I've seen analysts saying probability of a global recession is anything from 20 to 80% - my take is we are probably more likely than not to go into recession but how deep it is depends on what happens in Europe - is the situation is contained we may have slow growth or a mild recession....that is roughly the same. But has the stock market priced that in? ....
The graph above shows the price of stock relative to book value. Book value rough speaking is the amount of money that a holder of a common share would get if a company were to get liquidated i.e. stop its business and sell off all assets. If ever the stock price falls below the book value, value investors would consider it a real bargain and stocks are absolutely cheap because you can technically liquidate the company and get all your money back plus profits. Stocks have fallen below book value only twice in the last 25 years both times during a crisis - the Asian Crisis and Financial Crisis. During a garden variety recession stocks do fall but stay above the book value.
Using book value as a reference, the recent stock market fall has taken us roughly to valuation levels just after the 911 attacks in Sep 2001 - remember the post-dot com bubble recession? It was a slow drop for stocks that took about a year as stocks slowly but steadily drop as the economy slowed towards a recession - then the 911 attack suddenly came people were already expecting a recession. There was a post-911 bounce when the US Fed cut interest rate aggressively but SARS cam and took further below the post-911 low.
The stock market right now discounts a mild recession and definitely discounts a slowdown in the global economy. However, it does not discount some kind of crisis like SARS or a financial crisis.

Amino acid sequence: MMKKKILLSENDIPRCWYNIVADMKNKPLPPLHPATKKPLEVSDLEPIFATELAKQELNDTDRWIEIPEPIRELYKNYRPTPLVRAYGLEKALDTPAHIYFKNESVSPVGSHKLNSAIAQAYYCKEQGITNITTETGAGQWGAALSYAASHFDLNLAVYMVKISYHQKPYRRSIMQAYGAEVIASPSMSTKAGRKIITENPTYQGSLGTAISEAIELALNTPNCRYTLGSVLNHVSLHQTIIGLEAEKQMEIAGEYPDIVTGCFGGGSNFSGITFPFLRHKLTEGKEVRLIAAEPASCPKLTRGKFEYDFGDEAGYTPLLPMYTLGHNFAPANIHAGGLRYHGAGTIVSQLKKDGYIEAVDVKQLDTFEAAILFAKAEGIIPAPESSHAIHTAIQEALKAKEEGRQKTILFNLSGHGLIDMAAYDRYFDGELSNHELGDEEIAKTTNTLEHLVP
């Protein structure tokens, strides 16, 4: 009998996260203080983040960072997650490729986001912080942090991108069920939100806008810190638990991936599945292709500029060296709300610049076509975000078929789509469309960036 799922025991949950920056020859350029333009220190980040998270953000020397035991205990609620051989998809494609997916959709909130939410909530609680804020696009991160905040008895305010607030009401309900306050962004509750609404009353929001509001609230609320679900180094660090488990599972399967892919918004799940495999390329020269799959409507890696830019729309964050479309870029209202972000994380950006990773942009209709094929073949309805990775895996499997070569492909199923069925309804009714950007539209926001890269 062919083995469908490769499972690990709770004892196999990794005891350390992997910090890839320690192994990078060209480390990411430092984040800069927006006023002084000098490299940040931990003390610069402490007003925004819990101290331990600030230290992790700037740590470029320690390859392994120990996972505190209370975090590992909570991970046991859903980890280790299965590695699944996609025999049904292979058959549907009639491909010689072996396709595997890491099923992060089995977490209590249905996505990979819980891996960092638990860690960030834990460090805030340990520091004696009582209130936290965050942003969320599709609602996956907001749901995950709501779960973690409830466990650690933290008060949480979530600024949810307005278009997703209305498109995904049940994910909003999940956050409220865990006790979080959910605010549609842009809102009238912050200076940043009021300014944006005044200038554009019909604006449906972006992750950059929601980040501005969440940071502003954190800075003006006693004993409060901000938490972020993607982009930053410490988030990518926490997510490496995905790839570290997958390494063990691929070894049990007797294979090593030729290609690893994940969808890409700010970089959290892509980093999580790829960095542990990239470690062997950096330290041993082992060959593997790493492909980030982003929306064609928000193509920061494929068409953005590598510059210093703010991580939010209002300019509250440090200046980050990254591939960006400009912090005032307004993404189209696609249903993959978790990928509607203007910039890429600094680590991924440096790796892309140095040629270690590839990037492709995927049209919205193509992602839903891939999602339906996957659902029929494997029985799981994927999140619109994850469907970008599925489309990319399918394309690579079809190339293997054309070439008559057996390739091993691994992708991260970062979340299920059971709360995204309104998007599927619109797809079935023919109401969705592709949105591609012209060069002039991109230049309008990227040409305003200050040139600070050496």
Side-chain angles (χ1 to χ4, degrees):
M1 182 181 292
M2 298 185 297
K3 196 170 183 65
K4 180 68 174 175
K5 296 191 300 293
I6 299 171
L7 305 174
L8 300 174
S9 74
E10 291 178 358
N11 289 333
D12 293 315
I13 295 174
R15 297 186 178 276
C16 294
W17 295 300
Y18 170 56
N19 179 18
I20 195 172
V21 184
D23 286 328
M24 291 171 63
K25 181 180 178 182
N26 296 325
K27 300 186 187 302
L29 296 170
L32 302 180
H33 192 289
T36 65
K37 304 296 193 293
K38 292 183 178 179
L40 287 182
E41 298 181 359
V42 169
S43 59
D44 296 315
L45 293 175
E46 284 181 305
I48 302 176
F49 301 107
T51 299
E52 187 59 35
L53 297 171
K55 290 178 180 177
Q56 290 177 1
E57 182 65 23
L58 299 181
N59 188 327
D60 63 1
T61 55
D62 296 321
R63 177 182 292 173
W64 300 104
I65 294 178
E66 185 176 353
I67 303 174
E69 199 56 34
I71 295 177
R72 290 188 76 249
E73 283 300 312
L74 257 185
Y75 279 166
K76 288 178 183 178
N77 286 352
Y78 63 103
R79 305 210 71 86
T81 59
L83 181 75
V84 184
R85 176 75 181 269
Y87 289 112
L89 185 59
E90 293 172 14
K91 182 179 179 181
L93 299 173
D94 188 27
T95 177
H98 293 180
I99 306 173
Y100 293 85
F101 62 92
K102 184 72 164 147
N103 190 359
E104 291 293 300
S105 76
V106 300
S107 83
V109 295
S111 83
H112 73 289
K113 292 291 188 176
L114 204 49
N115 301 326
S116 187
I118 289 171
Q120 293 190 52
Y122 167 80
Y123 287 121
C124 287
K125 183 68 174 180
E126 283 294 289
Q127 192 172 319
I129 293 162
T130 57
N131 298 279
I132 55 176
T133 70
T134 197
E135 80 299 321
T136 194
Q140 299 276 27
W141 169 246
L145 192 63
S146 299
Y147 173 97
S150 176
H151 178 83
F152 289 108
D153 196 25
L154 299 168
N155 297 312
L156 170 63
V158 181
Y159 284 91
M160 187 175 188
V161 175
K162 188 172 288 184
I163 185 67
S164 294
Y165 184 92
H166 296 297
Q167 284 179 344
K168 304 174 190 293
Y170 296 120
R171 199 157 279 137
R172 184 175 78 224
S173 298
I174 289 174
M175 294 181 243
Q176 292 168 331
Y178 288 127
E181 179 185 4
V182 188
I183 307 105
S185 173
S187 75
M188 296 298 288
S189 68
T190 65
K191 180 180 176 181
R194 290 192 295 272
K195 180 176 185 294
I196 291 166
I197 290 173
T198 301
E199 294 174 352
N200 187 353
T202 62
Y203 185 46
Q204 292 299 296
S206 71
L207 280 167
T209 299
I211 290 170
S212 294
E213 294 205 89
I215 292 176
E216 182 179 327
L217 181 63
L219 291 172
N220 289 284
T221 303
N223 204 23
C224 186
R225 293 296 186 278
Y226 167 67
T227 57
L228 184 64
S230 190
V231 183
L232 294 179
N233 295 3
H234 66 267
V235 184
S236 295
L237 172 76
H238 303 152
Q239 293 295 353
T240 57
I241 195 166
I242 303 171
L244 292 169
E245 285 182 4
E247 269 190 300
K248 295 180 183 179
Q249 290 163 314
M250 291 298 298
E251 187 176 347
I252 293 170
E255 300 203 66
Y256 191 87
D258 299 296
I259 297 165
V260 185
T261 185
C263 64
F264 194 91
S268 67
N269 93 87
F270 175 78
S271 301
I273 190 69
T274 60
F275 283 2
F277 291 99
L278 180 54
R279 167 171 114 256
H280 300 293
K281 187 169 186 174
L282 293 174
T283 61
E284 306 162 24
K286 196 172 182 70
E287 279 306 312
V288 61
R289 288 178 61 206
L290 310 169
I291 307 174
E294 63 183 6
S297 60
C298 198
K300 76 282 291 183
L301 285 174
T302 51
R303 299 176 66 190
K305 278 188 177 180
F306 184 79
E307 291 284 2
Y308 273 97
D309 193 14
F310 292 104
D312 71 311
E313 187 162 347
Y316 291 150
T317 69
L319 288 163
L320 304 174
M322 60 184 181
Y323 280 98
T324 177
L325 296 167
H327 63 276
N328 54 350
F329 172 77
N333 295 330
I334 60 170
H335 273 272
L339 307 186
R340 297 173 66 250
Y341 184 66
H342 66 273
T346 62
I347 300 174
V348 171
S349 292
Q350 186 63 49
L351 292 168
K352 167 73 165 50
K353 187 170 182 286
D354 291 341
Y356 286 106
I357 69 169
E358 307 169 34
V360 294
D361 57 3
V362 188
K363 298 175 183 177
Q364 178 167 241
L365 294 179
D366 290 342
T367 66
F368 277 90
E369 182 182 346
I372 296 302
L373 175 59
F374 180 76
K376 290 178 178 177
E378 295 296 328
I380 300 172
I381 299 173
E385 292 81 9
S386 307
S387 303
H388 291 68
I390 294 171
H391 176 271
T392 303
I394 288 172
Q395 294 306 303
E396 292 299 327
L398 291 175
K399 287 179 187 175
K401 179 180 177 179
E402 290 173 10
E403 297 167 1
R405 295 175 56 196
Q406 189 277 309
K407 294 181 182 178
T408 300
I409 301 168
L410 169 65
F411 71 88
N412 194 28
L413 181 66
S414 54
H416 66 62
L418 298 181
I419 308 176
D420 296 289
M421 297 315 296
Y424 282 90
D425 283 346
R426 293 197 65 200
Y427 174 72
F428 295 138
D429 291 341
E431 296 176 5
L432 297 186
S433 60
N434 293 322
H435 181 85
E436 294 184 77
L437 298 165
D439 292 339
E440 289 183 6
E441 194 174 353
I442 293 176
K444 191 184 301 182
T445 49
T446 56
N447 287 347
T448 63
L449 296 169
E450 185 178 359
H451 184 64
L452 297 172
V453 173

The big question now is whether the European debt situation can be contained and stabilised....and put into some kind of graceful degradation to spread the pain over time. Speculators attacking the stocks of European banks attempt to precipitate a crisis and we know from past crisis that they can succeed bringing down the European banking system and put the European economy into a deeper recession than necessary. In an earlier article, I explained that large amount of Greek and Italian debt held by German and French banks links the sovereign debt crisis to the European banking system . I'm not optimistic that the worst case will not happen especially after seeing the disunity among European leaders. Having said that the ESFS[Link] is probably sufficient to buy some more time provided the govts step in to aid the banks (read Why European Banks are Stressed out? and Faith in European Banks Fraying). They might not because it is politically unpopular[Investors Fret at costs if rescues are needed] and Ireland got itself into a mess because the govt's rescue of the banking system sank the country into deeper debt. If they want to do something about the banks, they will have to do it soon otherwise it will become too expensive and too intractable. Something like Buffett's US$5B injection into Bank of America [Buffett Pockets $1B in BoA 'rescue']can do wonders to restore confidence. If nothing is done soon, this crisis will run its full course....and you may get the chance to buy stocks below book value just like during the Asian Crisis and the Fincnial Crisis. [Here is an excellent paper explaining in full the situation in Europe and possible outcomes : Europe on the Brink]